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Ahhh i see, yeah similar but different that makes sense - my thought was you could build this in houdini and export without having the patch it all back together but im not particualarly knowledgeable on the technicals so i could be just talking rubbish ahha - looking cool thooo man 



#9
DigitalSalmon

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If you're picking a naming convention for material parameters

 

[Title] PropertyName

 

would be what I'd go with.

If you're keen on getting into this stuff - have a go at the 'custom' node. hlsl is ones of the easiest languages to read/write, and your node graphs will get much cleaner.

 

The edge artifacts looks to me like an issue the with the wrap mode of the texture you're sampling to generate the sheet.

Doing great stuff, keep at it (:



#10
Sketchie

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Okay, time to update this with a conundrum I've been working on today, in a project I'm working on there are some TV screens scattered about the level that when the player approaches change to display an image of a "guide" helping the player through the game, simple enough, but I was asked to make a setup that would enable nearby clusters of screens to display the same image on them but spread among the TVs from that cluster. Here's an example, my explanation kinda sucks, Single TV vs TV cluster with Ben's face being the temporary guide:

 

9kAcetB.png

 

So the group of TVs simply makes the image larger and spread over all of the screen estate. My first attempt at a solution to this revolved around using world projection and offsets, which while it worked sometimes, didn't work at all if the TVs were facing a direction other than the XY or Z axis. It also made it a little bit of a pain to set up as the TVs would have to be placed and then offsets figured out with scaling taken into account too, so it was way too much effort for such a limited effect.

 

My solution: use two points in world space and draw the UV coordinates between them, while technically you need three points to define a plane I only want two bits of rotational information so two points will have to do. Also, all of the math for it can very easily be put into a material function so it's very easy to reuse should anything else need something like it.

 

Here's how it works:

 

PaTZoL3.png

 

The input information is incredibly simple, needing only the coords of the top left corner and the bottom right (although top right and bottom left would work fine too) and the world position information.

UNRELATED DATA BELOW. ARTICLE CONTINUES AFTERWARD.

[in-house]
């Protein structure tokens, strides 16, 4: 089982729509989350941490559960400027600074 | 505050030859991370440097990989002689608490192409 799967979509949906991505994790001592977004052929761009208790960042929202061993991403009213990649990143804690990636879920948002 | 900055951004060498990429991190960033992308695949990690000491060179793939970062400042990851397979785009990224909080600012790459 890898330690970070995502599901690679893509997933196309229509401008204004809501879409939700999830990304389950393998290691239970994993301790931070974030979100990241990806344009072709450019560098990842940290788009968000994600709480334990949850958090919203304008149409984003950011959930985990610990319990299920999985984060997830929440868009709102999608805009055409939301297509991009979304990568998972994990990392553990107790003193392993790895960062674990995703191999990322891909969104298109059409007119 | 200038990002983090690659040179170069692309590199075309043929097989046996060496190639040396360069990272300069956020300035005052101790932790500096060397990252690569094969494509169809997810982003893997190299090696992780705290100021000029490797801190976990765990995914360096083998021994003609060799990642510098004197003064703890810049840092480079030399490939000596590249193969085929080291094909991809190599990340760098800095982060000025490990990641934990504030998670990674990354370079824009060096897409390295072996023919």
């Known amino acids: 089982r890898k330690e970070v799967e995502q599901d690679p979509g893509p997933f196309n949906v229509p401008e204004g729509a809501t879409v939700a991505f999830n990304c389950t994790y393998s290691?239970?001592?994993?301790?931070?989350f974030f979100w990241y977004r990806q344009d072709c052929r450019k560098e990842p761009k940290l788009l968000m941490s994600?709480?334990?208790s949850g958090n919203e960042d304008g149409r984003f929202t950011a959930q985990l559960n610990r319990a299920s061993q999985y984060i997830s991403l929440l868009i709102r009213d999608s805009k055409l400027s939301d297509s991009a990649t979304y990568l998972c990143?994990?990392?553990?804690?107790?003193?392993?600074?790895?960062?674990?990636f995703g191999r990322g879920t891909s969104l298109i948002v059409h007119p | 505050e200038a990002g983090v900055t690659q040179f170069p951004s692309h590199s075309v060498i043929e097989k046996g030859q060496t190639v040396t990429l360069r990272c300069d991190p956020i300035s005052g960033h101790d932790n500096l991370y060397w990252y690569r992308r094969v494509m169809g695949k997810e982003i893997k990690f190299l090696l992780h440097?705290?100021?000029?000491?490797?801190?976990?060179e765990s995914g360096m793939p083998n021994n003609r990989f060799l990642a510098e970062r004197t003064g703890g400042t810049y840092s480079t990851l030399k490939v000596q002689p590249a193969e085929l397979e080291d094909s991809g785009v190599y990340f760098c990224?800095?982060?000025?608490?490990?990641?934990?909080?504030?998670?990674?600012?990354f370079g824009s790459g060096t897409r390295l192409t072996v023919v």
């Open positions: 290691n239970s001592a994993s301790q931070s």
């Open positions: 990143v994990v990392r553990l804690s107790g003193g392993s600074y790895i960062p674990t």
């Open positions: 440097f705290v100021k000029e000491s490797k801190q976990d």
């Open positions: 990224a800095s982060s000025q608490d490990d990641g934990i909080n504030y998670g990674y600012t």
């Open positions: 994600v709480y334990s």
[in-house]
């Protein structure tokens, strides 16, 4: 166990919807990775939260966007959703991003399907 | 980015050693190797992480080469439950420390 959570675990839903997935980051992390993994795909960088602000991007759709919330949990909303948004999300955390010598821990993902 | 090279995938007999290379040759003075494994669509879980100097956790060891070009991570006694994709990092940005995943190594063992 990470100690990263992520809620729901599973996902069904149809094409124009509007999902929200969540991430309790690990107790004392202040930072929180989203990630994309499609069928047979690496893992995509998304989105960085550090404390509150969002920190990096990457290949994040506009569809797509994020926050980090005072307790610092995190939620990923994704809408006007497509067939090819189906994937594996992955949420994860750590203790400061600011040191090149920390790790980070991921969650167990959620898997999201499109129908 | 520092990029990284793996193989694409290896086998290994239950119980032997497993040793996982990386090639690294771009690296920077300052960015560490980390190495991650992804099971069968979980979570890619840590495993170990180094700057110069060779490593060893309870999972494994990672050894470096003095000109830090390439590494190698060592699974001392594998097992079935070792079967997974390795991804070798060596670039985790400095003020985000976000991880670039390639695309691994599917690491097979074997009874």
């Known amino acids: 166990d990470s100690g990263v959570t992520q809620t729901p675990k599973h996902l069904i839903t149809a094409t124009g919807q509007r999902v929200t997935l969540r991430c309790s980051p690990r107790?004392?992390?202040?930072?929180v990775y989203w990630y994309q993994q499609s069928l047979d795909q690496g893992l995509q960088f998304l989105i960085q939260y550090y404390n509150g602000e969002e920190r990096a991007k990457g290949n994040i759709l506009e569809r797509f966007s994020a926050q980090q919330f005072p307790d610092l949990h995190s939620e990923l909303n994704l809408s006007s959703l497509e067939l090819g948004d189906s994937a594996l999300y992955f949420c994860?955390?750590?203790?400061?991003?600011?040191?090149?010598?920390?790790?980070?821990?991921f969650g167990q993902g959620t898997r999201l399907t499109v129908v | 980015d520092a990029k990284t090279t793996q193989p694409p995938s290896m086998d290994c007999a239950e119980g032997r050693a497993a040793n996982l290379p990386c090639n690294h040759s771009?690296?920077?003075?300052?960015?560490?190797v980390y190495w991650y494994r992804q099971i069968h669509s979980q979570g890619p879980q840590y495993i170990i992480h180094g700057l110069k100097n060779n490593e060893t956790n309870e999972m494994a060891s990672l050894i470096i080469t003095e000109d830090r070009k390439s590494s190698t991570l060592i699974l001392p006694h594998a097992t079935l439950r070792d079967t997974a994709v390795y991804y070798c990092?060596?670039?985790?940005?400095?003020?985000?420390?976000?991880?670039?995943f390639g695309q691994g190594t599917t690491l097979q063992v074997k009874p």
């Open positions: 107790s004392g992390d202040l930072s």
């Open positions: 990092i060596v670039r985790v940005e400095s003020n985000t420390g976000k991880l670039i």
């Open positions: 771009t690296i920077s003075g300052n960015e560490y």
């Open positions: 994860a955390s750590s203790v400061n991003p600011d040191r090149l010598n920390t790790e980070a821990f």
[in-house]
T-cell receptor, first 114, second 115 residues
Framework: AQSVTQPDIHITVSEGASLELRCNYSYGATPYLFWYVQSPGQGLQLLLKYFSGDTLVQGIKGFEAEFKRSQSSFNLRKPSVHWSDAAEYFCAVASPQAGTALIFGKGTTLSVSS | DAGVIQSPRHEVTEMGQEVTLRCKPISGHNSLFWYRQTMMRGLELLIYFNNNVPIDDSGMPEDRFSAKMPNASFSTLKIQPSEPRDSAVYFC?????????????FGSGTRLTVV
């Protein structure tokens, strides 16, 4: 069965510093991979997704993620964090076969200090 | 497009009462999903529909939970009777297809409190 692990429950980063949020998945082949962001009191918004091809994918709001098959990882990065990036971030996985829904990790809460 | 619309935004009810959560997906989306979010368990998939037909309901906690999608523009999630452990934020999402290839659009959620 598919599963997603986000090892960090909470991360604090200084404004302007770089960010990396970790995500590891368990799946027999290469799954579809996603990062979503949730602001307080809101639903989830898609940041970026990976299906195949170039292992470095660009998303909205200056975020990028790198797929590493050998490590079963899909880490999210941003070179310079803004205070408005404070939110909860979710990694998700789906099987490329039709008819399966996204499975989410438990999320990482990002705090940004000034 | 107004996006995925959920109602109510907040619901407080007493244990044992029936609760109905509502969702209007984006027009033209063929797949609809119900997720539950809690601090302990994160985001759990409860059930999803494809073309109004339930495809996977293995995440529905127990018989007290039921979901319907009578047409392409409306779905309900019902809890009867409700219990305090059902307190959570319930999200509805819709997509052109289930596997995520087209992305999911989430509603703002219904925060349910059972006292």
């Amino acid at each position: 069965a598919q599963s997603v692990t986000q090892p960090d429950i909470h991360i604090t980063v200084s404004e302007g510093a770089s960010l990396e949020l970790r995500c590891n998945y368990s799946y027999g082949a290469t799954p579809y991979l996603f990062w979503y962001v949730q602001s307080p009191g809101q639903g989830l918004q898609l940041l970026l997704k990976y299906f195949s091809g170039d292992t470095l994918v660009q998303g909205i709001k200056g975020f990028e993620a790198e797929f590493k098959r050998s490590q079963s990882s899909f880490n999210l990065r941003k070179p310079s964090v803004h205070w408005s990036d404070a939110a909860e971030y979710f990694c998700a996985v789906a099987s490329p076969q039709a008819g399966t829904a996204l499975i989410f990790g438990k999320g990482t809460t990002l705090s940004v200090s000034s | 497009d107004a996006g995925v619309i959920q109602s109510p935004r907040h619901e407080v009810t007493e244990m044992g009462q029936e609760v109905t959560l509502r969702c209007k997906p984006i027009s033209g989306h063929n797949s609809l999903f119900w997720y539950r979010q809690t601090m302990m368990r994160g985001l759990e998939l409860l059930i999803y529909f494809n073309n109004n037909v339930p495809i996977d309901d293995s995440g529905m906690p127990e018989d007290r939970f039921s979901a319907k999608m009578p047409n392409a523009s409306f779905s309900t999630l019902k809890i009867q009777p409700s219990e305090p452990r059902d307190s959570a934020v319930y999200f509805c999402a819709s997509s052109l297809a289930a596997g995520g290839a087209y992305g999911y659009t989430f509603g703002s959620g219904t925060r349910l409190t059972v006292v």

The output UV coordinates are obviously a float2, with the V axis being incredibly easy to figure out, simply subtracting the z value of the lower coord from the world position will set that point to zero, then dividing it by the difference in height between the two points makes it go between zero and one, I use a lerp to invert it rather than a frac and a oneMinus because of another node in the TV material that was producing rounding errors.

 

The U axis is far more of a pain to figure out, but at this point is technically only turning two dimensions into one, so if you think about it as a linear gradient it makes a lot more sense (and in fact it is simply gradient math being used to convert it in this example). Here is the math in question (treating the R and G channels of the points as X and Y, x2 and y2 being the top point and x1 and y1 being the bottom point, world x and y are simply x and y):

A = (x2 - x1)
B = (y2 - y1)
c1 = (A * x1) + (B * y1)
c2 = (A * x2) + (B * y2)

// c2 should always be larger than c1

C = (A * x) = (B * y)

output (C - c1)/(c2 - c1)

Ignore the multiplying by one bit in the nodes, that was when I was looking at building a gradient with output colours other than 0 and 1, which is obviously all that you need for UV coords.

 

Hopefully this made some sense, now all the level designer has to do is assign a group of TVs to a cluster and position the top left and bottom right points in the editor, the material adjusts in real time so it's very easy to make sure that it looks right.

 

As always, questions/criticisms feel free to fire away


Edited by Sketchie, 30 August 2017 - 04:05 PM.